With no new Netflix arriving in my mailbox this weekend, and the breeze in Malibu being strong enough to whip sand into my face as I sat and tried to read "Duma Key," I retreated (defeatedly) back to curling up on my couch with VOD (hey, it's paying my bills now, so I might as well indulge and give back a bit, no?). After scrolling through at least a dozen titles I had already seen or currently had on my Queue, I settled on Wedding Daze (formally The Pleasure of Your Company), the directorial debut from Michael Ian Black. I expected a romantic comedy in the vein of Wedding Crashers... though that is probably only because both star Isla Fisher... what I got, though, was a gag-full American Pie-esque romp centering on two individuals with just the right amount of crazy that makes it hard to root for them either separately, let alone together.
When the opening credits rolled, I clapped with glee over the potential: Joanna Gleason (Kim from Friends) played Katie (Fisher)'s mother, a skeletal Joe Pantoliano as her father, Heather Goldenhersh (Lizzy Caplan's sister on The Class) as her best friend, and Matt Malloy as her adoptive father... not to mention the aforementioned Edward Herrmann as Anderson (Jason Biggs)'s father. Herrmann is a man I've loved since he played Macaulay Culkin's father in Richie Rich, and I will pretty much give anything he's in a try, allowing it the benefit of the doubt because he's such a classy, intelligent, distinguished actor that he must choose his projects with care. His first scene in Wedding Daze made me shake my head and exclaim: "Oh, Richard Gilmore, no. Just no!" as his on-screen wife licked whipped cream from his face. Unfortunately the ones that followed (presenting his son with his c*ck ring; watching two naked women less than half his age make out on a rug in front of a fire in his living room) just proved that not even the cast could save this crude romantic comedy.
Wedding Daze is one-part "getting to know each other" comedy and one part "race to the alter" gag-fest (and gag-fest is two-fold because the ridiculous use of prop humor, which is known as gags, is actually gag-inducing for the audience). The movie starts off simply enough: a young romantic's whole world crashes down around him when the girlfriend to whom he is in the middle of proposing collapses on the floor in front of him. He spirals, needless to say, and decides on an impetuous whim to propose to Katie, who is his current waitress in some roadhouse diner. Luckily, she is just as spontaneous (read: nuts) as he is, and though she had been pondering a proposal from her Charades-loving boyfriend (that's not a metaphor), she needs nothing but a split second to take him seriously and scream in joy and accept the hand (though no ring) of Anderson. Fisher is one of a handful of this generation’s true comedic gems, whose talent would be best suited in a female-centric piece in which she can really shine. Needless to say, Wedding Daze is not one such piece, and in it, she is forced to take a backseat to prop humor (a diaphragm ending up in a sandwich... is that the best you could do? Really?) and the much more one-note Biggs. He relies on his bright white smile to endear his audiences, but years after first winning them over as a big-eyed, geek-chic teenager, the act (like himself) has just grown old; he has not matured.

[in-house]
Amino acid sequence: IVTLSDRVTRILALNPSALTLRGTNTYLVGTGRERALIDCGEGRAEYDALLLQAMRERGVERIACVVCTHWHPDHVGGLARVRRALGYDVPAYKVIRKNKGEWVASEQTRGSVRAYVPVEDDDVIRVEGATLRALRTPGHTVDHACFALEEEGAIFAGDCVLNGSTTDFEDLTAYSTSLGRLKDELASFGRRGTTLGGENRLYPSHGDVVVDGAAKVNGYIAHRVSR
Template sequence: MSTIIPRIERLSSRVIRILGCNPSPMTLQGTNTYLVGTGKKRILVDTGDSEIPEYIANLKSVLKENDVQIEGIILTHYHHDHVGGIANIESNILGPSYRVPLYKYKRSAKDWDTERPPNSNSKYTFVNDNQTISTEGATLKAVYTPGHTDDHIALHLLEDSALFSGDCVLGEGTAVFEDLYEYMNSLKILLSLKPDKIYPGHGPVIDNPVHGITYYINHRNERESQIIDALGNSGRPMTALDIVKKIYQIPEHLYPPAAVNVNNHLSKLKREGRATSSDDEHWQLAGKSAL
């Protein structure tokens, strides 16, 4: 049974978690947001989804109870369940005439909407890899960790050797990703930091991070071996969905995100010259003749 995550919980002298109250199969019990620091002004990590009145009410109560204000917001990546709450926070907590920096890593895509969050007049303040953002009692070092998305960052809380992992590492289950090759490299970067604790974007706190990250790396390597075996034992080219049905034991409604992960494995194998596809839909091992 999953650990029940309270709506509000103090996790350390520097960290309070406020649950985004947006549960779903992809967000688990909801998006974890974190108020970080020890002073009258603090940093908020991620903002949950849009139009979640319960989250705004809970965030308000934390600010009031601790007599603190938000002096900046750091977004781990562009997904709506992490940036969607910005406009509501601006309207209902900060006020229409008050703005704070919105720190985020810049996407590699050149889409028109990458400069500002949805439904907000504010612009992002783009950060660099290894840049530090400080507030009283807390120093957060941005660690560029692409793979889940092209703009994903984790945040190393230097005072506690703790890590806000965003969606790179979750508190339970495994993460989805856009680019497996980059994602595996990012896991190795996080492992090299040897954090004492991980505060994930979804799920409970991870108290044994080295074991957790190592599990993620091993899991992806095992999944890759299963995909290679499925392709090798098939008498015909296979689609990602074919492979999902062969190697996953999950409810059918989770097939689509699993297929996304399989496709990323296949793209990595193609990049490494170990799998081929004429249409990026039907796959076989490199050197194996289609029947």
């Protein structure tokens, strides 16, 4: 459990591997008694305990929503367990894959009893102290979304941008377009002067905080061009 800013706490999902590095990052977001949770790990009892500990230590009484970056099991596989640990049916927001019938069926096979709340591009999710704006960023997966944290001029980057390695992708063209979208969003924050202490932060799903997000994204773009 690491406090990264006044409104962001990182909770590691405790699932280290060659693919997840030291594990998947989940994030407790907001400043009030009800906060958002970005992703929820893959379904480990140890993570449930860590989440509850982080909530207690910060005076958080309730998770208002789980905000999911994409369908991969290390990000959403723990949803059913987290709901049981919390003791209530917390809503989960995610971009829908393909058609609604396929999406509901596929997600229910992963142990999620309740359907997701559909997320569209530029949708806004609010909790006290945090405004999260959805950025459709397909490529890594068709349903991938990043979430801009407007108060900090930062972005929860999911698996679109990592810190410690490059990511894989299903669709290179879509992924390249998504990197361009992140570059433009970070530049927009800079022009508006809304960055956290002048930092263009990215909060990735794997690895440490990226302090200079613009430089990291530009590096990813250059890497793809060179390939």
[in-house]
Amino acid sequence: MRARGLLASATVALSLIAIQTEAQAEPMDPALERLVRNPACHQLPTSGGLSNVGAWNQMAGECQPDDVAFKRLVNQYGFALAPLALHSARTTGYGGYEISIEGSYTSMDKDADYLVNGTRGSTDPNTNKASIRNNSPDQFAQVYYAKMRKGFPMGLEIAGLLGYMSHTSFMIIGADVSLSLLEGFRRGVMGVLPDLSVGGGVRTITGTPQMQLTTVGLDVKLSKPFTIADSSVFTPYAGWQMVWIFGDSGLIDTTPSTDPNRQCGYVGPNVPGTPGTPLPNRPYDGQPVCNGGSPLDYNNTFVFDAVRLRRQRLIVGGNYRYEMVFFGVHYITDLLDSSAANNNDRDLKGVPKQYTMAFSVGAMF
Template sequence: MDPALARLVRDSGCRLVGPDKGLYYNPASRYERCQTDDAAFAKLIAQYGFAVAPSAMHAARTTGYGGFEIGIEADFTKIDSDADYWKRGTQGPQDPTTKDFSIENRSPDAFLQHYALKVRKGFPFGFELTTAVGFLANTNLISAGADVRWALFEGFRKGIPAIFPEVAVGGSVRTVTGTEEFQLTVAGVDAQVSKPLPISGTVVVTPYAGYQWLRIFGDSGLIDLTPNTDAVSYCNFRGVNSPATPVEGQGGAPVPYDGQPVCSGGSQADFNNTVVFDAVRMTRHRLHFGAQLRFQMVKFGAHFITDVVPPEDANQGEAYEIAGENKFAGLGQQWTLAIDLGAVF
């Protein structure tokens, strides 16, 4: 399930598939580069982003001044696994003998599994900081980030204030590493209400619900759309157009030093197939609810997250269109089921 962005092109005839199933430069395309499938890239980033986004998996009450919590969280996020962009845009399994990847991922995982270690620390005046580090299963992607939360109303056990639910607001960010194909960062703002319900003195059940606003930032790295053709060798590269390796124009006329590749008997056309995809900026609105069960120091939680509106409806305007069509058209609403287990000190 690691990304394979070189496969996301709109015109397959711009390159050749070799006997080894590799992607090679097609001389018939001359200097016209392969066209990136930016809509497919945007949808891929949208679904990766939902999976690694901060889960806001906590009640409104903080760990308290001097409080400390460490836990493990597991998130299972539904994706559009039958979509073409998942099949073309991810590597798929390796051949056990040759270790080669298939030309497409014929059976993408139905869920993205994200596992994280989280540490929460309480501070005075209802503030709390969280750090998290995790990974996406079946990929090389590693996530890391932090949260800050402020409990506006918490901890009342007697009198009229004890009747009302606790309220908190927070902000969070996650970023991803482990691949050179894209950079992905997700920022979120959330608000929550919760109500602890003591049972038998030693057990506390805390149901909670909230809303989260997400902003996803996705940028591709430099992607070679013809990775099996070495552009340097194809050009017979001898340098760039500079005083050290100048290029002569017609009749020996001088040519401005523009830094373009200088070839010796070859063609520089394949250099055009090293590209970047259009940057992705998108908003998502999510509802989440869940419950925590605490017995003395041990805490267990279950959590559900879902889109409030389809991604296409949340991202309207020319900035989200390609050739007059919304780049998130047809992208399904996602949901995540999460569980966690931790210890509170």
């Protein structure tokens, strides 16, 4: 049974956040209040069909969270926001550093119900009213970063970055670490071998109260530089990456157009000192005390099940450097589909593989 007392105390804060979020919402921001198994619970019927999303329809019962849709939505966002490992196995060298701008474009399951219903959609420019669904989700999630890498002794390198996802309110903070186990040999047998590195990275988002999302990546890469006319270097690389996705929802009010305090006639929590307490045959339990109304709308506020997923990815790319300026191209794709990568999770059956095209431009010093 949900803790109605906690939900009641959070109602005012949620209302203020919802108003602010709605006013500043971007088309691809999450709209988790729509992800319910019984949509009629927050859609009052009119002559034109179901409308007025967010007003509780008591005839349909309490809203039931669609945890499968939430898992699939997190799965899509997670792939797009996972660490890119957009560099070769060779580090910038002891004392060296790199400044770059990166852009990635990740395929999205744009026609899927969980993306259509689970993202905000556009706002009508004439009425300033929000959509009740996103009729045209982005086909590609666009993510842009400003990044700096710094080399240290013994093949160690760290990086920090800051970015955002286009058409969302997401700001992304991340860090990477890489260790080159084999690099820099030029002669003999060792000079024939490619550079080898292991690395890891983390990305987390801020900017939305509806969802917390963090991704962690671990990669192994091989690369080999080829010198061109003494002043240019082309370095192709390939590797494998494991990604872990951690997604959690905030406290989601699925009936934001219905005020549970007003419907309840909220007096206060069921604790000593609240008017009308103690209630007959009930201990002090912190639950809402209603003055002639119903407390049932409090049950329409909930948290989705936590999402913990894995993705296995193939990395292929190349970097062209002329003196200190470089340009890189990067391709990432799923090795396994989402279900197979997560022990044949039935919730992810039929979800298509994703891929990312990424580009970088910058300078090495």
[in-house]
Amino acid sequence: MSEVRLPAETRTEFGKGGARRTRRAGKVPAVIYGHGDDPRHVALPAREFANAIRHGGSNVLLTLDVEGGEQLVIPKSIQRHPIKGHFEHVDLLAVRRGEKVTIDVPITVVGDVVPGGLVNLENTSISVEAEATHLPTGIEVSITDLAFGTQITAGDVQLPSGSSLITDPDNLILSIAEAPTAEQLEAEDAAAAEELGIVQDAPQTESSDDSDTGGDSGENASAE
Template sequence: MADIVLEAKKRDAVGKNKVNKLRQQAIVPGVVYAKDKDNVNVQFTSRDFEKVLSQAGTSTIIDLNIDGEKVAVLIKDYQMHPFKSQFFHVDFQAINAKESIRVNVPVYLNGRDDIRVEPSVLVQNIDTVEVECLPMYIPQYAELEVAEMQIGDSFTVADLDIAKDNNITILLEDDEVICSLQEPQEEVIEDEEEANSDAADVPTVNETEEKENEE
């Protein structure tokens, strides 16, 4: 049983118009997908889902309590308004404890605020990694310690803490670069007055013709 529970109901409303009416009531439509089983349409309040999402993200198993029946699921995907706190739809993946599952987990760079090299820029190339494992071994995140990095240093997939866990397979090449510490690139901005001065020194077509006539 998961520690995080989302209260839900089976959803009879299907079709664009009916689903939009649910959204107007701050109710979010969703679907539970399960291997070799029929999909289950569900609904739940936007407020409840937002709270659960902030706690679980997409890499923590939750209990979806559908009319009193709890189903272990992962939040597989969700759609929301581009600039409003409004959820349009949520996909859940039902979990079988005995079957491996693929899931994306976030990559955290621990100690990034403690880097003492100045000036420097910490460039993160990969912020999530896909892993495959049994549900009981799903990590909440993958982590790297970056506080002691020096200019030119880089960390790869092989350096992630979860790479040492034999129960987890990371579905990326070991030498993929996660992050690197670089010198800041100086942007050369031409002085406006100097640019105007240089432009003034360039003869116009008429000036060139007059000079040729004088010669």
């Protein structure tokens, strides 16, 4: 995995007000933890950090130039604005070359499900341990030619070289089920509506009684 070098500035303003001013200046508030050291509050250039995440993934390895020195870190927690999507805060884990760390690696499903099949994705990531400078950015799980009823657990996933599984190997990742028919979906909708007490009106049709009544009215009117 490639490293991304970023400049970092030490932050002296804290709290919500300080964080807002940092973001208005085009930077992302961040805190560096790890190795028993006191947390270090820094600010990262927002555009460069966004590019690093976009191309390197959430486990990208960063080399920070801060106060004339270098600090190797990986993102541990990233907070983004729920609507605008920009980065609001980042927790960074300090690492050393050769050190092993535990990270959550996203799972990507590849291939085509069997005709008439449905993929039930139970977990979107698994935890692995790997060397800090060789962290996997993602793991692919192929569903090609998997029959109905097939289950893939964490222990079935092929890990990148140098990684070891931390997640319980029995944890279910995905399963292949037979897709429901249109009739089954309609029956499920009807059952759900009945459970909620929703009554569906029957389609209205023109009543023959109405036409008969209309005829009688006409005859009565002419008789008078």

Katie and Anderson go through the usual dance of trying to fit into one another's worlds and overcoming the obstacles of different families and friends but still come out on the other side wanting to get married. I think they have known each other for about four days at that point. The movie picks up quickly from there, as the duo steal a car to elope, all the while Katie's mother and biological father hold up a hardware store to get their daughter the money for a proper wedding. Arresting chaos ensues, including a cameo standoff with Rob Corddry, and Katie delivers her "Despite all of our insane obstacles and the red flags advising us otherwise, I want to be with you" speech while both families are behind bars. Her words-from-the-heart (or perhaps the gun she shoots at the ceiling) is somehow enough to convince everyone (perhaps because it's the eighty-minute mark, and for a comedy this thin, that's nearing the end) because thirty seconds later, they are marching down the aisle at the little Atlantic City wedding chapel at which her own parents eloped twenty-odd years ago. The Reverend tells the happy couple that he can personally guarantee anyone who marries at his establishment will be happy forever, but it's way too late for the love affair with this thin-scripted movie.
(Though I will admit the "Jewnicorn" and "Jewlahoop" did elicit a chuckle.)
Wedding Daze should have ended there, but Black (who was a hybrid on this project) just couldn't end on a genuinely sweet (albeit completely unrealistic) moment. Instead, he gave us another six or seven minutes of drawn-out residual drama in the form of a mock-police standoff, at which point I had had more than enough and just ended the $3.95 rental prematurely. And in the words of my beloved Damian (Daniel Franzese): "I want my [four bucks] back!" Michael, I still love you for your witty Stella performances and snappy VH1 Countdown Lists commentary, but please, please, please stick to in front of the camera work until your sense of humor hits puberty.